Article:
Baby Hope slaying suspect indicted

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Story highlights

  • 4-year-old Anjelica Castillo was found dead in a trash bag in 1991
  • For years she was unknown and referred to as "Baby Hope"
  • Police say Conrado Juarez confessed to the killing during interrogation

A Manhattan grand jury has indicted Conrado Juarez, who was arrested earlier this month in connection with the 1991 murder of 4-year-old Anjelica Castillo, known for decades only as "Baby Hope."

Juarez, 52, did not appear in court for the procedural hearing on Tuesday at his attorney's request.

"He's holding up. He is resolute about seeing this through," Michael Croce said of his client.

On October 12, New York police announced Juarez's arrest, saying he confessed to the slaying during interrogation.

According to New York Police Commissioner Ray Kelly, Juarez, who was 30 at the time of the crime, said he went to an apartment in Queens shared by seven of his relatives and saw Anjelica in the hallway. Juarez told police he smothered her with a pillow while raping her.

Outside the court on Tuesday, Juarez's attorney cast doubt on the confession, which he said took place after 12 to 14 hours of questioning.

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"I don't trust any statements that were made by any individual after being in custody for such an extended period of time," Croce said. "I would expect that we will find out that statement was not videotaped or recorded, and that is by design."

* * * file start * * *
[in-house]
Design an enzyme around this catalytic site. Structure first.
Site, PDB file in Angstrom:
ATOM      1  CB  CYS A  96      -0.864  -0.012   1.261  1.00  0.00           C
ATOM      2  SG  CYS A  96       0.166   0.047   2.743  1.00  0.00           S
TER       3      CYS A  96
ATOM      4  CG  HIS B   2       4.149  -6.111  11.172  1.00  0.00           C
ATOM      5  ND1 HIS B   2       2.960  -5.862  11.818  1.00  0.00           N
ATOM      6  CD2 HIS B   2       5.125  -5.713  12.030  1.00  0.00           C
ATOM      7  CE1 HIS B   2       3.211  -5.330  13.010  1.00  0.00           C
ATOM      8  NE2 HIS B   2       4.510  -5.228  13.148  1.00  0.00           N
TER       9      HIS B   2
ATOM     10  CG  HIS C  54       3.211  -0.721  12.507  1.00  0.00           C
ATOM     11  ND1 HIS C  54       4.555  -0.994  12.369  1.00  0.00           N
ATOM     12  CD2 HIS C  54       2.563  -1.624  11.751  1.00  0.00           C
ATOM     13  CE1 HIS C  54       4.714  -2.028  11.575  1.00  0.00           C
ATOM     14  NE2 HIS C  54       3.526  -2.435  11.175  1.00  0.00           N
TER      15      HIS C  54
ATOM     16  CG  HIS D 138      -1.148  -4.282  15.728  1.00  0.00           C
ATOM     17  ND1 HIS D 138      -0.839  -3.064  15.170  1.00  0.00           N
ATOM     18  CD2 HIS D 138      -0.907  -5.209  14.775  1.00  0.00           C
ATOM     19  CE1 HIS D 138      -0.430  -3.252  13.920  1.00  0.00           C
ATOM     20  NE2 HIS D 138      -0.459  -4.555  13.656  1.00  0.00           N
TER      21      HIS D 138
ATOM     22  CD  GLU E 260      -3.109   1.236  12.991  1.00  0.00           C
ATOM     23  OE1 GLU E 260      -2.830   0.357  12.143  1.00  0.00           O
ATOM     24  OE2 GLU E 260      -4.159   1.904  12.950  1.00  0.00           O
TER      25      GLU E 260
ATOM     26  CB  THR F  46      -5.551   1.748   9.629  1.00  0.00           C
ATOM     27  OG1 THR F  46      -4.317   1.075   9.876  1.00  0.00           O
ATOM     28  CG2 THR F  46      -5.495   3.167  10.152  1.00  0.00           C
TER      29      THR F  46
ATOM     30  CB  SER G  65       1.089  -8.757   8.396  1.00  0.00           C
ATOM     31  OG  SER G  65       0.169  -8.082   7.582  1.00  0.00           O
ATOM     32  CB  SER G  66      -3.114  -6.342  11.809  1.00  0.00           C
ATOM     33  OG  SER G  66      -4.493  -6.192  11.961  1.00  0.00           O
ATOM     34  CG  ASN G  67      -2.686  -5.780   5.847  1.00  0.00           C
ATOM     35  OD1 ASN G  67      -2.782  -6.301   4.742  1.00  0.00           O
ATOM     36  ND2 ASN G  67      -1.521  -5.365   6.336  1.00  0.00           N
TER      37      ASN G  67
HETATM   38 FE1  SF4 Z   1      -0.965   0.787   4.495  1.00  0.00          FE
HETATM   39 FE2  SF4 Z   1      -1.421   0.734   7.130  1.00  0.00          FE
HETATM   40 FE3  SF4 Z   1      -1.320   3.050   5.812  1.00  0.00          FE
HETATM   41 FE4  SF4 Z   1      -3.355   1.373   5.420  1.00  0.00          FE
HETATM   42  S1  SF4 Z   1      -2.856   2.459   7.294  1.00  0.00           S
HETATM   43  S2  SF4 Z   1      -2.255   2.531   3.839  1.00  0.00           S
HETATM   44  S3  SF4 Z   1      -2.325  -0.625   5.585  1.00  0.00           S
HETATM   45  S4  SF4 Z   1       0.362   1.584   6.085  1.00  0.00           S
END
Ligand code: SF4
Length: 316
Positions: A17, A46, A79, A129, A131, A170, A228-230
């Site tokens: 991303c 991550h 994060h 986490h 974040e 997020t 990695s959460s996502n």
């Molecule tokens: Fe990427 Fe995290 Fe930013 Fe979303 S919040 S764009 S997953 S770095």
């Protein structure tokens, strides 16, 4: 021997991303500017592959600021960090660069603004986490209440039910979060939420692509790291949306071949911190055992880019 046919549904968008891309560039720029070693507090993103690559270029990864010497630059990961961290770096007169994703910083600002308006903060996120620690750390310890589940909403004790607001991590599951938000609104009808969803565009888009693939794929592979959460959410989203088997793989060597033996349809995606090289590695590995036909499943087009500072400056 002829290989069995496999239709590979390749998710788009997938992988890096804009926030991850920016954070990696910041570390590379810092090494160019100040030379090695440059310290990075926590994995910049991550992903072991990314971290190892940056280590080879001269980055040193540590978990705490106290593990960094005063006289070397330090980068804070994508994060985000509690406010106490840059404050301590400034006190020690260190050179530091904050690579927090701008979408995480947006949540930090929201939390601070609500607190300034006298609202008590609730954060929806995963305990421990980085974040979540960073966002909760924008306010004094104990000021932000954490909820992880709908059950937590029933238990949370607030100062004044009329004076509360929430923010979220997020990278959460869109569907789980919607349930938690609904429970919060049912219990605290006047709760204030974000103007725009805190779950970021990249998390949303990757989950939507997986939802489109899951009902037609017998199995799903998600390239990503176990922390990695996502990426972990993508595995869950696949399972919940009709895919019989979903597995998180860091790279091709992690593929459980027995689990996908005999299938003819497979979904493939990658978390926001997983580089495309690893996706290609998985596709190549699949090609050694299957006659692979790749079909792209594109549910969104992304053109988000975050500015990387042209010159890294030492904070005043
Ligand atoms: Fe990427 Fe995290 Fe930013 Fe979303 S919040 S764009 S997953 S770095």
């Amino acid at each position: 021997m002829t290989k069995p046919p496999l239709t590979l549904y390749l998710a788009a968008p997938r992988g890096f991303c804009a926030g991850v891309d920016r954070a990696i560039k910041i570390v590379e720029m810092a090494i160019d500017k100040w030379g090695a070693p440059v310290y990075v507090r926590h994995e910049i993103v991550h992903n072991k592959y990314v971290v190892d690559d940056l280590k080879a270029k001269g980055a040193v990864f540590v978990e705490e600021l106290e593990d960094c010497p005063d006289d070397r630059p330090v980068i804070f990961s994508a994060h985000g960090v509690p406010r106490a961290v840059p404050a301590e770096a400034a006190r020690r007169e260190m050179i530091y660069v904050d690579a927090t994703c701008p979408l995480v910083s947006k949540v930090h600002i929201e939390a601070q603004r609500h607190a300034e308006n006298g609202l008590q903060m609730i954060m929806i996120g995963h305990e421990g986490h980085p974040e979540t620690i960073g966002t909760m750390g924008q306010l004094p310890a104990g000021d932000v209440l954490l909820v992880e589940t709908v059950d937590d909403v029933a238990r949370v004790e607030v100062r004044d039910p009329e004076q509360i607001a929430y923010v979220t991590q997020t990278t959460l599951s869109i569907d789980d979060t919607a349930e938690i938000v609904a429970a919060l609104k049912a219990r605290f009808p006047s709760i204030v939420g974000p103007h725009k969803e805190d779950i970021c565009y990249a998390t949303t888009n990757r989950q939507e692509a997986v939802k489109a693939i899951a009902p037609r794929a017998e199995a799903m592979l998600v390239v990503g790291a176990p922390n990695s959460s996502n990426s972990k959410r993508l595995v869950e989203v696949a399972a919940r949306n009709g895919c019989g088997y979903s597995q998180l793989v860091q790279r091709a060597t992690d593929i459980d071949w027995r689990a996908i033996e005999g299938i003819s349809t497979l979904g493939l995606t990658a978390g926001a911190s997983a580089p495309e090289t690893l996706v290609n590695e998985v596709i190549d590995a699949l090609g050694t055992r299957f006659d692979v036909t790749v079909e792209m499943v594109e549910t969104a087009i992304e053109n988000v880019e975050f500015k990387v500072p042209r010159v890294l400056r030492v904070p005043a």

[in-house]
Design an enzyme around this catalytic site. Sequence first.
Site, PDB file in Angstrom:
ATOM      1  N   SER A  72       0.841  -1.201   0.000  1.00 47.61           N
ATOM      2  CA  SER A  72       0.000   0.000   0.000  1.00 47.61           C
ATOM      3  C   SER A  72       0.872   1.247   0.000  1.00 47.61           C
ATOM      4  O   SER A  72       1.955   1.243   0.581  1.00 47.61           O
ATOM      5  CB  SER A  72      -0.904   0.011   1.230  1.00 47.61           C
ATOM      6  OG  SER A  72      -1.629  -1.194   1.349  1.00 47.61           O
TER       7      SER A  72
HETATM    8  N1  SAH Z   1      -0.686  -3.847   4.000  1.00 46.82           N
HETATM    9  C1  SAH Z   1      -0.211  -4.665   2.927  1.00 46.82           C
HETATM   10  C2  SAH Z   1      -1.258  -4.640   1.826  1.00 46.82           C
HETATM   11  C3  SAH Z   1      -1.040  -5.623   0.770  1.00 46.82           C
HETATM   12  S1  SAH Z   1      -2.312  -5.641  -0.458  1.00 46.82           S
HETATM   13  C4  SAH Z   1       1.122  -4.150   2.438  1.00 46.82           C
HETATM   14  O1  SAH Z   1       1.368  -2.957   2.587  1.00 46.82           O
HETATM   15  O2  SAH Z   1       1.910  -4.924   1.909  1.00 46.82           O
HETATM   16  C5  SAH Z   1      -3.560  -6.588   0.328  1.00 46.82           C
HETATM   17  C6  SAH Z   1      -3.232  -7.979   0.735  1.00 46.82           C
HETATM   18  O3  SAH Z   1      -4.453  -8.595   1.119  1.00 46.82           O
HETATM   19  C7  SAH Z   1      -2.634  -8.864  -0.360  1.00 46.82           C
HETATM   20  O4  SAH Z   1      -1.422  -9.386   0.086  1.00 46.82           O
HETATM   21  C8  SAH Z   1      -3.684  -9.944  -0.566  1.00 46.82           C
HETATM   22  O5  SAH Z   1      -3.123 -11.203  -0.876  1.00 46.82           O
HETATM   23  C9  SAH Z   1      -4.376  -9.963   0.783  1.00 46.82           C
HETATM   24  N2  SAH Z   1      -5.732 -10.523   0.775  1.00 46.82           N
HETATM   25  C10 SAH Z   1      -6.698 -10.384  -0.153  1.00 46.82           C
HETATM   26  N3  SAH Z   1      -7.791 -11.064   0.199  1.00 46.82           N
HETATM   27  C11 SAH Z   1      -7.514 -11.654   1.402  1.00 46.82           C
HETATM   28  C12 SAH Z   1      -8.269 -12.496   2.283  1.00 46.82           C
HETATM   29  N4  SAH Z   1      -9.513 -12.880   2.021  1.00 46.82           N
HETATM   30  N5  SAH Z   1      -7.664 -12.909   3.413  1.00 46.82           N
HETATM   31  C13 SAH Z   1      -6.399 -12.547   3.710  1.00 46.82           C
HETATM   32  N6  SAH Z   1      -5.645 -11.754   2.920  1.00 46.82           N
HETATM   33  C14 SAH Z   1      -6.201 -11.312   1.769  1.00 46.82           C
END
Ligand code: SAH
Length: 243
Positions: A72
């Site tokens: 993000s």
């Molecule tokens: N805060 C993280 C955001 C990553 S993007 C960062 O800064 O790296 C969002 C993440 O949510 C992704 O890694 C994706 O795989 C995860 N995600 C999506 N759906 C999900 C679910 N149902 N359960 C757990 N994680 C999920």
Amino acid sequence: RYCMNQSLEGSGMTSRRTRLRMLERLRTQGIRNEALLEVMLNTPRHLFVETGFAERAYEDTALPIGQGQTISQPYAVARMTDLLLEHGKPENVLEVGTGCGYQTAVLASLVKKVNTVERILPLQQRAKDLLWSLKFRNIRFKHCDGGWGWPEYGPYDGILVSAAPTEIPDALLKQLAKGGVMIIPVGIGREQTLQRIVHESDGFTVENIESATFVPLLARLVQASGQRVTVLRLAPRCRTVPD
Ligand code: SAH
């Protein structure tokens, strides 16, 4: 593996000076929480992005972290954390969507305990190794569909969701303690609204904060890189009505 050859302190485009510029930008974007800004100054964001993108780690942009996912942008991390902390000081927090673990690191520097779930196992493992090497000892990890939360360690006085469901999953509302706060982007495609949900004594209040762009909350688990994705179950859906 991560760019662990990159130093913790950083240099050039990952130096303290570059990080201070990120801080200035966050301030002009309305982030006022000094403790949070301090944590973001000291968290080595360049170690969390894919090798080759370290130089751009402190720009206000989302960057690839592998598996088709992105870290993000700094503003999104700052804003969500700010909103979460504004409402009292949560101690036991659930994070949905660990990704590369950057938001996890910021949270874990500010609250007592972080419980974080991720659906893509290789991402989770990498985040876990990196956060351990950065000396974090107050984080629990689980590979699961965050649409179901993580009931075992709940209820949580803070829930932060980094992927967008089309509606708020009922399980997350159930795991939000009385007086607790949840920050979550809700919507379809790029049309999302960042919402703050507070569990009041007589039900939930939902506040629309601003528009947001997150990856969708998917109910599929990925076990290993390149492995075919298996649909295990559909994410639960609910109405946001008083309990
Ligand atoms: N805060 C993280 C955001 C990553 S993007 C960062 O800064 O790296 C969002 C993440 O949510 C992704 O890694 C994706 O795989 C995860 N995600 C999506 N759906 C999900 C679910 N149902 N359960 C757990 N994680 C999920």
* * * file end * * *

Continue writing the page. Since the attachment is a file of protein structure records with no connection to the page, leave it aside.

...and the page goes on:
In 1991, construction workers found the body of Anjelica, who had not been reported missing, bound and in a garbage bag, hidden under some soda cans inside a blue and white cooler. She had been smothered and sexually molested, and her body was so decomposed that several sketches were made to suggest what she looked like.

    The young victim became an emotional symbol for the NYPD.

    Two years after she was found, the girl was laid to rest in a donated plot, buried in a white dress bought by a detective's wife, with a tombstone paid for by detectives. "Because we care" was the inscription at the bottom of the tombstone.

    Each year, on the anniversary of the July 23, 1991, discovery of her body, police would canvass nearby neighborhoods, handing out fliers and asking people for information.

    It was an anonymous tip called in after the latest canvass in July that helped crack the case, Kelly said. The tip led detectives to Anjelica's sister, now an adult; from there, they identified the woman believed to be the girl's mother.

    Changes in forensic science also helped propel the investigation, Kelly said. The girl's body was exhumed in 2006, and a DNA profile was built in 2011. Earlier this month the office of the chief medical examiner made a DNA match between the girl and her mother.

    From there, investigators constructed a family tree, and the trail led them to Juarez, Kelly said.

    On Tuesday, Juarez's attorney said he had not seen any of the evidence against his client.

    "I would be interested in seeing that physical evidence," Croce said.

    He also suggested that it was inappropriate for a New York Times journalist to have interviewed Juarez in prison at Rikers Island.

    In the interview published last week, Juarez reportedly denied killing Anjelica, saying he was forced by detectives to make a false confession.

    Jaurez is expected to appear in court on November 21.